When A Third Party (And Non-Party) Can Enforce An Arbitration Provision

arbitrationThe Northern District compelled arbitration of a multi-count fraud suit filed by a software company against a former salesman and his new employer in Paragon Micro, Inc. v. Bundy, 2014 WL 2441969 (N.D.Ill. 2014).

The ex-employee formed his own company and started steering business from his former employer.  The former employer sued for computer tampering, breach of fiduciary duty, unfair competition, and conversion.

The Independent Contractor Agreement signed by the defendant salesman said “any and all disputes” would be resolved by binding arbitration.  After the plaintiff refused defendants’ demand for arbitration, the defendants moved to compel arbitration.

Result: motion granted.


The Federal Arbitration Act, 9 U.S.C. § 1 (FAA), reflects a liberal policy favoring arbitration agreements;

– Courts should enforce arbitration clauses unless they are tainted by fraud, duress, unconscionability or other standard contract defenses;

– The FAA permits a court to compel arbitration where there is (1) a written agreement to arbitrate; (2) a dispute covered by or within the scope of an arbitration agreement; and (3) a refusal to arbitrate;

– Federal courts rely on state contract formation rules in deciding whether parties agreed to arbitrate a particular issue and a party can be compelled to arbitrate only those issues he agreed to arbitrate;

– The party opposing arbitration agreement bears the burden of showing why the agreement is unenforceable;

– Any doubts concerning arbitration, should be resolved in favor of it;

– Contractual arbitration provisions survive termination of the contract unless the contract expressly states otherwise;

–   “arising out of”, “relating to” and “any and all” phrasing leads to a strong presumption of arbitrability.

(**3-5, 8).


The Court held that the contract’s arbitration clause applied to the plaintiff’s various claims against the defendants.  Finding that plaintiff’s Complaint allegations fell within the scope of the arbitration clause, the Court pointed to the arbitration clause’s applicability to “any and all disputes” connected to the individual defendant’s account representative duties.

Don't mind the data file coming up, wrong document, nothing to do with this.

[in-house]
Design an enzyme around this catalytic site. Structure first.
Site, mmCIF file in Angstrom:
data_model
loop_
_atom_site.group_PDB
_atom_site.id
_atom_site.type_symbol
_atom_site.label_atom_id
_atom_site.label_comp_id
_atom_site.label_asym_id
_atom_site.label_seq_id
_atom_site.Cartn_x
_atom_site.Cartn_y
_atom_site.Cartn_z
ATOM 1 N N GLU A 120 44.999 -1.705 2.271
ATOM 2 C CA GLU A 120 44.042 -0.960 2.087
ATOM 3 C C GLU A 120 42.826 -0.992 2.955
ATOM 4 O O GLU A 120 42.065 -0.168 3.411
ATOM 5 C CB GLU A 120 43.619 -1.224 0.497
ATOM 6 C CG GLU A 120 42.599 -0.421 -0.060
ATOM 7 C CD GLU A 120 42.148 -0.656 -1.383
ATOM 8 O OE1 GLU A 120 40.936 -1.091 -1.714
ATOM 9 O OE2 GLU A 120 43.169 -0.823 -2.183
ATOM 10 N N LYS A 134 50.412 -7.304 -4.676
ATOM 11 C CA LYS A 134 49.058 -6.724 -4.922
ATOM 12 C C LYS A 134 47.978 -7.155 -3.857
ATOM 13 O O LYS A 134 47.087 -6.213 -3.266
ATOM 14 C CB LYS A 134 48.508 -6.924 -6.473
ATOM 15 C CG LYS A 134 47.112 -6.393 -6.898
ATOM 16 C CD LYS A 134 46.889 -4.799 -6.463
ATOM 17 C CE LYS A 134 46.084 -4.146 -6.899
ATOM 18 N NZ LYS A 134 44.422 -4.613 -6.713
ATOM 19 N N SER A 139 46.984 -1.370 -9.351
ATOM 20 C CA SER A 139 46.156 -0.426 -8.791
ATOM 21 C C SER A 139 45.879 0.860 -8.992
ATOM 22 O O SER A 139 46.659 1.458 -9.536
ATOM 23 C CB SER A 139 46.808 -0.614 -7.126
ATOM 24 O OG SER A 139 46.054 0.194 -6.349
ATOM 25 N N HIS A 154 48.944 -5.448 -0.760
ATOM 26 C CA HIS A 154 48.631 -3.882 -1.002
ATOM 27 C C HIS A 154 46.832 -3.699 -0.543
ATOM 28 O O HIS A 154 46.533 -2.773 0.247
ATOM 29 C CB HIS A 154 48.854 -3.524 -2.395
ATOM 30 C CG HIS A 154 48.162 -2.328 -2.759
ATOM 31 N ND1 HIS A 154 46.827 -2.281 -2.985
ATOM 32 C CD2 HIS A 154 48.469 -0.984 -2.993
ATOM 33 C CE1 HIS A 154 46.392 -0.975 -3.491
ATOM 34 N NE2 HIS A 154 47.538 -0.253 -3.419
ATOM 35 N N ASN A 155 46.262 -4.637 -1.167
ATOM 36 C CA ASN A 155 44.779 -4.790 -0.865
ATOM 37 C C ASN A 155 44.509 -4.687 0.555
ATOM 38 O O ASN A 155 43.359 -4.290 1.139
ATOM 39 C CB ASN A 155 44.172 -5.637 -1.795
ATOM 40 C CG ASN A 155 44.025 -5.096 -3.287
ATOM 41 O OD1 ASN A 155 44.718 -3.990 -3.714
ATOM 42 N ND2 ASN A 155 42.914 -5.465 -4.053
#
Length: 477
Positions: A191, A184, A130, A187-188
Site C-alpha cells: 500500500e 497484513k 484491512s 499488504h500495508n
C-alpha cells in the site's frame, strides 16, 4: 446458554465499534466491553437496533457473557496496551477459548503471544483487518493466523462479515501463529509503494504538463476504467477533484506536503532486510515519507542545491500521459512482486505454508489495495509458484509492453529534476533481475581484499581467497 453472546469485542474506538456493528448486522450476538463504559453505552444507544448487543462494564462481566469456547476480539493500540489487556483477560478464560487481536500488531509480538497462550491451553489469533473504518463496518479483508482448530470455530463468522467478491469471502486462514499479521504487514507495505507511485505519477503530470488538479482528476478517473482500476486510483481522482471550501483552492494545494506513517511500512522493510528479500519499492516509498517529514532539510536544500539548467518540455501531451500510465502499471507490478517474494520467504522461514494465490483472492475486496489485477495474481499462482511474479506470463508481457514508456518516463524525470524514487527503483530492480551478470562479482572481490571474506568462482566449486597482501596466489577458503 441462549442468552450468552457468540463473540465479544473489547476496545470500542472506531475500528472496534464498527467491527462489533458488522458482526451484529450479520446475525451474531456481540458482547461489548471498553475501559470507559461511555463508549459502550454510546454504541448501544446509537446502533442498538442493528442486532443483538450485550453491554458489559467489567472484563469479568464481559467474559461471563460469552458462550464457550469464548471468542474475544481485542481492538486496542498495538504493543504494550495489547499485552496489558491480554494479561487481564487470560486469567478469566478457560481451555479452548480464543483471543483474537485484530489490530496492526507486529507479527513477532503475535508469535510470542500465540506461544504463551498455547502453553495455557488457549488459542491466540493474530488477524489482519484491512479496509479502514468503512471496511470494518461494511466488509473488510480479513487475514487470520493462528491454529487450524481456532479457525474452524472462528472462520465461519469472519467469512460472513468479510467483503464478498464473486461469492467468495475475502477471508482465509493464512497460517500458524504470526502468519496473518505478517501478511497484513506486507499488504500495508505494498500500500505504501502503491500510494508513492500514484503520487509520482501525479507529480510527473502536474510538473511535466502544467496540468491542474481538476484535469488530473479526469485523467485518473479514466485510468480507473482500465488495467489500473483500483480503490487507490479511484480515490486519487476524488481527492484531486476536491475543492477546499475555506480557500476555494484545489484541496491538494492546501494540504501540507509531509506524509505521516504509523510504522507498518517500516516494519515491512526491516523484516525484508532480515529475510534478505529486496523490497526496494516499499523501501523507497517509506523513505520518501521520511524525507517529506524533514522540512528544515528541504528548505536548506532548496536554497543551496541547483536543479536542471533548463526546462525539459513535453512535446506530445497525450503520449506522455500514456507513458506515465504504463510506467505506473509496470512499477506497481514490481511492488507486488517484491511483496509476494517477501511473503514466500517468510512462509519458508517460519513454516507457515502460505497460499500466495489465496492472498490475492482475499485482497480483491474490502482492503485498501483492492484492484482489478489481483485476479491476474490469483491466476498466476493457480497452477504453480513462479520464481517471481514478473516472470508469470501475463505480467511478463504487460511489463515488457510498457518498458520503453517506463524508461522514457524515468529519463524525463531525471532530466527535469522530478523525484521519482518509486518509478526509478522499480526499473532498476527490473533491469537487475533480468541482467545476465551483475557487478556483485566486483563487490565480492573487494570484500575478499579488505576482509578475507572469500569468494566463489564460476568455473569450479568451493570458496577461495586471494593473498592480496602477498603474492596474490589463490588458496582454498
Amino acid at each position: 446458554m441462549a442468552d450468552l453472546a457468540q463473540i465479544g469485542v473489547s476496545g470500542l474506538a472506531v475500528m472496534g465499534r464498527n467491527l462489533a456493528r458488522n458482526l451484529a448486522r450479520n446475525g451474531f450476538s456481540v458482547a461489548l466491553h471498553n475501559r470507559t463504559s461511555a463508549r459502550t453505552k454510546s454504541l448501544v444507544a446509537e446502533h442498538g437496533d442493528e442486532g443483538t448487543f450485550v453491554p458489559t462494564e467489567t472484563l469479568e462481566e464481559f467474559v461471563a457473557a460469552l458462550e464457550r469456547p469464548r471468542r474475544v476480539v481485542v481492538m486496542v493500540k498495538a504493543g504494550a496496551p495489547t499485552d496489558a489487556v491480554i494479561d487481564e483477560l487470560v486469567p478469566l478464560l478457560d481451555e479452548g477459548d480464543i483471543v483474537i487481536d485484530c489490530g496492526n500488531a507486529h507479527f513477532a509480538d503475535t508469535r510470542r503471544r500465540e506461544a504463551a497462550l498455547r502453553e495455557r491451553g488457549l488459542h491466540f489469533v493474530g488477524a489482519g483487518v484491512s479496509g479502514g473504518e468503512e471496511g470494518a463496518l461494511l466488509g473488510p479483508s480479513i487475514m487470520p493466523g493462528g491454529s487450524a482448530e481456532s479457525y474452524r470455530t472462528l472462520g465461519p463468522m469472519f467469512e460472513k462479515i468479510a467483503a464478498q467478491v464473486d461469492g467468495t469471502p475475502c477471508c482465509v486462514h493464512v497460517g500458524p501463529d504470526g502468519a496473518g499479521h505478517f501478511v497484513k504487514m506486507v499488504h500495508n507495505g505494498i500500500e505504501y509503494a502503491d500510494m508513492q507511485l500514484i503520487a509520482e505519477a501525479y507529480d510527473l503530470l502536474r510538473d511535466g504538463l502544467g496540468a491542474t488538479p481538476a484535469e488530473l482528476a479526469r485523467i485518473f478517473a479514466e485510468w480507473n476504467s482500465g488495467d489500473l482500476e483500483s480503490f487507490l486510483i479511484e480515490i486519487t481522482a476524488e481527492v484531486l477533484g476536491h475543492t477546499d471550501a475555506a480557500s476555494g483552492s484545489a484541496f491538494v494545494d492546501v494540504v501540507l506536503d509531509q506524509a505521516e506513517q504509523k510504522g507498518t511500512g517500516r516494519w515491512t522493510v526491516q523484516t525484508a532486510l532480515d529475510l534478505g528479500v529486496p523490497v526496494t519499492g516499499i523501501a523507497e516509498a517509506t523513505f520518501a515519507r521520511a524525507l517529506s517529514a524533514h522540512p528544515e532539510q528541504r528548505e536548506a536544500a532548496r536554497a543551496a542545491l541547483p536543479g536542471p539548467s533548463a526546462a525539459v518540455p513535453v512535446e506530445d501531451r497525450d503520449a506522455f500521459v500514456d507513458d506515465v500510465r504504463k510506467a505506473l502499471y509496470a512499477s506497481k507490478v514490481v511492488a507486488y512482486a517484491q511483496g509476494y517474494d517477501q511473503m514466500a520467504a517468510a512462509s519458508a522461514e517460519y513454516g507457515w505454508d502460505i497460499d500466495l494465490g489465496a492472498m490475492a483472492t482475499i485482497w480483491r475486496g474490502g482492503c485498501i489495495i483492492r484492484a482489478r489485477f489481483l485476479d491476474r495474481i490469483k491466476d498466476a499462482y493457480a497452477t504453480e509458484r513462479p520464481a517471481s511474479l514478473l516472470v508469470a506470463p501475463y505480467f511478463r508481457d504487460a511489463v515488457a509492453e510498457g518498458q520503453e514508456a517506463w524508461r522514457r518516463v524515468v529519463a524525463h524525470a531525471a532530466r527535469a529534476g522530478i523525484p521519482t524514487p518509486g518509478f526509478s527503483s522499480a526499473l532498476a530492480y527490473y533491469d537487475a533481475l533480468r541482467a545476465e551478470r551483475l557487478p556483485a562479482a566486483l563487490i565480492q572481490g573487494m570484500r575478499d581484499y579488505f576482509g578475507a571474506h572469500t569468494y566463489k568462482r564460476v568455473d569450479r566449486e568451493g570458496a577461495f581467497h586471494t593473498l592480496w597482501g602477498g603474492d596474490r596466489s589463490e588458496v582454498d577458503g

The Court also found that the corporate defendant – a non-party to the Independent Contractor Agreement – could still enforce the arbitration clause against the plaintiff.

Under Illinois law, a non-party can require arbitration where (1) the plaintiff lodges claims against the non-party that reference a written agreement (that has an arbitration clause); and (2) when the plaintiff’s claims against the third party are factually intertwined with the claims against another party that did sign the contract.

Here, both non-party exceptions applied.  The plaintiff’s claims referred to a written agreement – the Independent Contractor Agreement –  and the allegations directed to the corporate defendant (non-party) were enmeshed with the plaintiff’s claims against the individual defendant (the account rep).

Finally, the court nixed the plaintiff’s waiver argument.  The Court cited case law that suggests that at least a several-month delay – from suit filing to the arbitration demand – is usually required for a party to waive an arbitration provision. (*10).


This case illustrates that contractual arbitration clauses will be upheld where they are broad and clearly worded.  The presence of “any and all disputes” or “arising out of” verbiage will likely signal all-encompassing arbitration coverage. 

Non-parties can enforce an arbitration clause where they’re third-party beneficiaries of the contract or where the claims against the third party are factually connected to claims against a party that did agree to arbitration.